Spontaneous shunt closure / Prosthesis extrusion
Spontaneous shunt closure is usually the result of the voice prosthesis becoming embedded (extrusion) an makes speaking either difficult or impossible. The voice prosthesis migrates slowly towards the trachea or esophagus. The tissue of the trachea or food pipe can move over the ingrown flange and block the shunt. This is usually a slow process that takes days and weeks, and is encouraged if the voice prosthesis is too short or by infections around the shunt.
Patients with a prosthesis extrusion often do not attend the doctor/SLP until they are completely unable to speak, as it is difficult to see the prosthesis extrusion and subsequent closure of the shunt if it occurs in the esophagus. Sometimes the patient notices that the voice prosthesis has tilted into the wind pipe or shunt, and will then seek medical advice before the shunt closes. If speaking becomes increasingly difficult over a period of days, this can also be a sign of the shunt closing over.
The main examination for diagnosing spontaneous shunt closure is attempting to talk without the voice prosthesis. If speaking has always been easy but the patient is now unable to talk without the voice prosthesis, then it can be assumed that the shunt has closed.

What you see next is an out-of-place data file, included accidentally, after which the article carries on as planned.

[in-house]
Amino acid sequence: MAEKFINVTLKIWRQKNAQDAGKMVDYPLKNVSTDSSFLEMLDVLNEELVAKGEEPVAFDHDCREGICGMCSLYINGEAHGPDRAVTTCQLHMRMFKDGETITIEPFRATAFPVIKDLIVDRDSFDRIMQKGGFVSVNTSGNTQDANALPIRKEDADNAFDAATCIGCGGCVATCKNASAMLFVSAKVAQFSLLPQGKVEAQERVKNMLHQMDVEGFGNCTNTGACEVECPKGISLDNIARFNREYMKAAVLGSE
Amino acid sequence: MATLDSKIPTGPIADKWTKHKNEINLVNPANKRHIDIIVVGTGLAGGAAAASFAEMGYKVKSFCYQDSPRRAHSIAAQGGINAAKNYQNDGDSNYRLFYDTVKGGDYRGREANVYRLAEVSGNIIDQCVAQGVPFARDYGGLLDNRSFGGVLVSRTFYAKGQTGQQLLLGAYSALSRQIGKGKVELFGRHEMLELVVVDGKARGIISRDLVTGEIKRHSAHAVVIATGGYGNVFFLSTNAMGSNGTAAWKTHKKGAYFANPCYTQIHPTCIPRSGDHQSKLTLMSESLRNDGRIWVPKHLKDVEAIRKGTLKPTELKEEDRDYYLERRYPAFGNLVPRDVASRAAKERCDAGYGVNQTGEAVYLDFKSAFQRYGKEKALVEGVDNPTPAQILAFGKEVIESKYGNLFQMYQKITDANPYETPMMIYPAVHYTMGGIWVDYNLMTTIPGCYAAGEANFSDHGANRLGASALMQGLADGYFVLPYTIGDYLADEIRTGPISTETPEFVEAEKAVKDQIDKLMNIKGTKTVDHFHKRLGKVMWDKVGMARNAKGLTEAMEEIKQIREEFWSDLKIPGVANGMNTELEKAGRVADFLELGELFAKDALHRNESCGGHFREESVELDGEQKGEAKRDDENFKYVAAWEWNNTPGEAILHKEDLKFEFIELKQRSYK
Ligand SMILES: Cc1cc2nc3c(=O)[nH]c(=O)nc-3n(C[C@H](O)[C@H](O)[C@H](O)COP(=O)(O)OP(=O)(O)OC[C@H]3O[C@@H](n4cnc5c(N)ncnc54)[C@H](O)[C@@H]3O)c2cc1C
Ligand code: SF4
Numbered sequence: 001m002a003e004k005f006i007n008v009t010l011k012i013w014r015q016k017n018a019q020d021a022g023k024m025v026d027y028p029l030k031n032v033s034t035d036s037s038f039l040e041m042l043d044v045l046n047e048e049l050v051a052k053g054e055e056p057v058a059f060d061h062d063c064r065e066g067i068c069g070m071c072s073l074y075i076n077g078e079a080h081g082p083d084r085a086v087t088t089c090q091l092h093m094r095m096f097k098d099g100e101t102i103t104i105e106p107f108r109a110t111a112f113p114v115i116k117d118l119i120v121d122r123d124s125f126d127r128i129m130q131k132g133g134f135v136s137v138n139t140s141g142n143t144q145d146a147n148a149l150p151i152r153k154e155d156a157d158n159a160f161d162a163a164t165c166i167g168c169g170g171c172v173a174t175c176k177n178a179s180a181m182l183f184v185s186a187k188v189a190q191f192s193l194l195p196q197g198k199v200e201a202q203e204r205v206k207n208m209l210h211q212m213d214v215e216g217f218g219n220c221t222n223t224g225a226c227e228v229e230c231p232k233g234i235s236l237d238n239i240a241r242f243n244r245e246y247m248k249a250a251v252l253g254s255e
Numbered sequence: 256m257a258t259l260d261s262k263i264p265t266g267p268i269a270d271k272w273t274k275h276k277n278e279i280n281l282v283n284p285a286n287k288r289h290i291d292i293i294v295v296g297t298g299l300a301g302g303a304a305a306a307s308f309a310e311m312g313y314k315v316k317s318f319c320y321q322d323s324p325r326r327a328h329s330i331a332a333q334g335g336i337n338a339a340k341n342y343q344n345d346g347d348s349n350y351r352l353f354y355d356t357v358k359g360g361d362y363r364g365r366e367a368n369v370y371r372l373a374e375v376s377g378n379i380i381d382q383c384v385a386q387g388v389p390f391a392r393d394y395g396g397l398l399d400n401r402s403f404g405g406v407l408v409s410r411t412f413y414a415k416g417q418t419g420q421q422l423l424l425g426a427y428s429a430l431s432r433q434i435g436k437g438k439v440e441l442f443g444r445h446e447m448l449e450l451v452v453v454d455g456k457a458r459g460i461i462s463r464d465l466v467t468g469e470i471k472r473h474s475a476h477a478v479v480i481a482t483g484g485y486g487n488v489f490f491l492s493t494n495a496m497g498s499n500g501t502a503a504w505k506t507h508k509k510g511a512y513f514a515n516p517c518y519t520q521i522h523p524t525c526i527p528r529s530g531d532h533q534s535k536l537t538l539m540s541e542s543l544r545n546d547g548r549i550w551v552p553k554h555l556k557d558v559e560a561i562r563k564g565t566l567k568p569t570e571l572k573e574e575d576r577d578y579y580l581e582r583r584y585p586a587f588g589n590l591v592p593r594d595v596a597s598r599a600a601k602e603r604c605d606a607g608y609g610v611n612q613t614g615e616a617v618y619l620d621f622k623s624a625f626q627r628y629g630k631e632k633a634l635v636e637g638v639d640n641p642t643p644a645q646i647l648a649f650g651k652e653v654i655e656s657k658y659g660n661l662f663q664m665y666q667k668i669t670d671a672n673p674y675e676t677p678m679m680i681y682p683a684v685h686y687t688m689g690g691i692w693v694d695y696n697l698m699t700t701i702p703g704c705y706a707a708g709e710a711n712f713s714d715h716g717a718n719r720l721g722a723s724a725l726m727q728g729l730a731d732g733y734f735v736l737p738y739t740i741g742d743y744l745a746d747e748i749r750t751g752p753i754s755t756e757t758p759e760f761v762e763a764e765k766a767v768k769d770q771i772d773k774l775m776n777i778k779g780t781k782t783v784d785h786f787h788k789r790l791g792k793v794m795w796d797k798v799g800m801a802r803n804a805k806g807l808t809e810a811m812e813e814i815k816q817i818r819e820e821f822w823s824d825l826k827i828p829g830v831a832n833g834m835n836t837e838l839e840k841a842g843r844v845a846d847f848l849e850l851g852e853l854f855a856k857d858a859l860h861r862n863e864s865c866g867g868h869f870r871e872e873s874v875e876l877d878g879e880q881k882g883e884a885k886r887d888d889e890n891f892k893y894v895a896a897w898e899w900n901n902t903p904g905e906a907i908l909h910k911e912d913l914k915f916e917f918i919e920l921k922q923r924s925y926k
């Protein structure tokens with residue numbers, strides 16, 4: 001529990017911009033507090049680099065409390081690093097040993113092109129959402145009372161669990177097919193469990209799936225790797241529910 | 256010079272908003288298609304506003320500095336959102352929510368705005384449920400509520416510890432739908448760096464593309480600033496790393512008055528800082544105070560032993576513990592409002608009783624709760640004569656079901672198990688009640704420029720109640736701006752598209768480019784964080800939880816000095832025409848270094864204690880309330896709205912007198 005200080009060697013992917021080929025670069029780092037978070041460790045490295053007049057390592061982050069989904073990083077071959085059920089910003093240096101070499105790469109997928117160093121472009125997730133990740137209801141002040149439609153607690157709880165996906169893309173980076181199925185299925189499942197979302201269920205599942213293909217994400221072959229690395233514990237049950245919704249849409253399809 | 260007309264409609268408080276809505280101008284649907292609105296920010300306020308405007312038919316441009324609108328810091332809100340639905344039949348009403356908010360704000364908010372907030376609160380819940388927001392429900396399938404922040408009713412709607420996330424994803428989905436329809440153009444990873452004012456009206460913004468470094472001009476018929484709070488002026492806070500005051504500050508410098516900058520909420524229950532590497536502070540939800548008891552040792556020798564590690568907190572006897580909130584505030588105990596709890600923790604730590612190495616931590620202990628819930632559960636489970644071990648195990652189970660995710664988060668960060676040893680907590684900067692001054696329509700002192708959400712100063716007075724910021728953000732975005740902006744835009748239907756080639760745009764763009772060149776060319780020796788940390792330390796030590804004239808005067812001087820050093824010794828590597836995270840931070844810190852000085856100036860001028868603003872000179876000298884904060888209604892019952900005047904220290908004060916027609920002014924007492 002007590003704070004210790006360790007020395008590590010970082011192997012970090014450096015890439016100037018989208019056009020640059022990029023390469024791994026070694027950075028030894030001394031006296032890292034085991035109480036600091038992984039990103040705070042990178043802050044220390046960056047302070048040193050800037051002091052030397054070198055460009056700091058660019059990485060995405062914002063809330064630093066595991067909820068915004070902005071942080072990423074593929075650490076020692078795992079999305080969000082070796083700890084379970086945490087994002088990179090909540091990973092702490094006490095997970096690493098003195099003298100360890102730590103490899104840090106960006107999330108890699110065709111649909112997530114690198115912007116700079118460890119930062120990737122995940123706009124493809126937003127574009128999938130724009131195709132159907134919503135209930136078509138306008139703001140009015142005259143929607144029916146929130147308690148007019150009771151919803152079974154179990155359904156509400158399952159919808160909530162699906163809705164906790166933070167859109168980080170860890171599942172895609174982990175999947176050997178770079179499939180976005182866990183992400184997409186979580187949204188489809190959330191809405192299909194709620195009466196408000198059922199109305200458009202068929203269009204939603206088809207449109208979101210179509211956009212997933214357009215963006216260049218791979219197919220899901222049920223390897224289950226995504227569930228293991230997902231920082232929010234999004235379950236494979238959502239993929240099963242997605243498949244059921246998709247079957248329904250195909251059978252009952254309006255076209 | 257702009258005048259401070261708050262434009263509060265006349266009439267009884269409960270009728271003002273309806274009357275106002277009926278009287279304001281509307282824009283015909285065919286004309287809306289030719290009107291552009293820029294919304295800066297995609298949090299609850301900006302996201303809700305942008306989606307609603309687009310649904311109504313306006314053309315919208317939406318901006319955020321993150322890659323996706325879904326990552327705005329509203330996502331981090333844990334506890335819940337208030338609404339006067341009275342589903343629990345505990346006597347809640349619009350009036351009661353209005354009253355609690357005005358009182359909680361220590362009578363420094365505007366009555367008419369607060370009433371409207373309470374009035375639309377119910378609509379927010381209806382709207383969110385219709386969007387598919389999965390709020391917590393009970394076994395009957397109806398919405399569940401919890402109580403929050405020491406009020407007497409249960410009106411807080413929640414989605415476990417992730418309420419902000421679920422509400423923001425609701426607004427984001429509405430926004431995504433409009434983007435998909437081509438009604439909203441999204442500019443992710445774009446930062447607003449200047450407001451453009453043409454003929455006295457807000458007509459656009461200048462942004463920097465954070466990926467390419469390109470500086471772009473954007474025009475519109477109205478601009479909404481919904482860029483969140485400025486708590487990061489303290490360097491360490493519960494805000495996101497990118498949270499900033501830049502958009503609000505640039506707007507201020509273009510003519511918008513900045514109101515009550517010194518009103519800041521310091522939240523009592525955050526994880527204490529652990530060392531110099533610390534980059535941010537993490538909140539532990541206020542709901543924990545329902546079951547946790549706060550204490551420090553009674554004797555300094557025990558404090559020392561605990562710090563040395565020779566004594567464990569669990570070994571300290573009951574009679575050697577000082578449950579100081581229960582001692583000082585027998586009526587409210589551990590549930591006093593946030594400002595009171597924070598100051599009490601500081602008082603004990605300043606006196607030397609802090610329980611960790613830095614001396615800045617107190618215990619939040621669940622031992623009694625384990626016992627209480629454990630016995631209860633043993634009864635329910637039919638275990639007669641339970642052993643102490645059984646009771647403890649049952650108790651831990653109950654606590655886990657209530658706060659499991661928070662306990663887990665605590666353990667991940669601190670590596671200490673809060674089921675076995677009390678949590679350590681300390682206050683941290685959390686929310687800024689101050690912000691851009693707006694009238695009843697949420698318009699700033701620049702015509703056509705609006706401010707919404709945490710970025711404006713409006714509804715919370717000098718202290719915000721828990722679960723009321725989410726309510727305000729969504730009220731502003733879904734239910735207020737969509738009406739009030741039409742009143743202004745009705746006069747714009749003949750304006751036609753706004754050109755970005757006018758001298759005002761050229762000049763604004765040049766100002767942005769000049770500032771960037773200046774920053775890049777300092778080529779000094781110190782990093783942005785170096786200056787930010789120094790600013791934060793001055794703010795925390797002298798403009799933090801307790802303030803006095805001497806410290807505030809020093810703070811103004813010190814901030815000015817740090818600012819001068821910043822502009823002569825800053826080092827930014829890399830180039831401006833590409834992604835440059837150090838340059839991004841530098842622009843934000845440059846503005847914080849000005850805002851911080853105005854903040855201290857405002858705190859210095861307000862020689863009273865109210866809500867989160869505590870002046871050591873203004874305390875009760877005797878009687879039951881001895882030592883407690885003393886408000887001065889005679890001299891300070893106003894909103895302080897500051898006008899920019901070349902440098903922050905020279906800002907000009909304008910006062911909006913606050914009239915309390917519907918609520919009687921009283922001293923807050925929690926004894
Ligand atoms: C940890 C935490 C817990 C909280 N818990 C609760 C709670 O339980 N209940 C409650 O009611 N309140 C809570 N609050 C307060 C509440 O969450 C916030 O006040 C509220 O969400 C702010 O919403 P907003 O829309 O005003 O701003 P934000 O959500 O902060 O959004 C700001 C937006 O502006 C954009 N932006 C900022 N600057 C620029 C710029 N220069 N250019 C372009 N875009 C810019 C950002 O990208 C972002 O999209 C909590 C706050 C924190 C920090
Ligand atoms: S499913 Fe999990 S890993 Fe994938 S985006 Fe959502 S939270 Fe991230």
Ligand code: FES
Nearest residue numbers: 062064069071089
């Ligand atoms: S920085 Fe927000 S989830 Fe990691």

In some cases if the shunt has only been closed for a few days, it can be probed under local anesthesia using a clamp, a thin stomach tube or a pigtail catheter. It can then gradually be dilated and a new voice prosthesis of adequate length inserted. Great care must be taken using these measures to ensure that the voice prosthesis is positioned correctly. A via falsa is to be avoided. A flexible transnasal endoscopy should be used to check the correct position of the probe or the pigtail, and of the voice prosthesis.
If the shunt cannot be probed with sufficient safety, it can be relaid once the site has healed.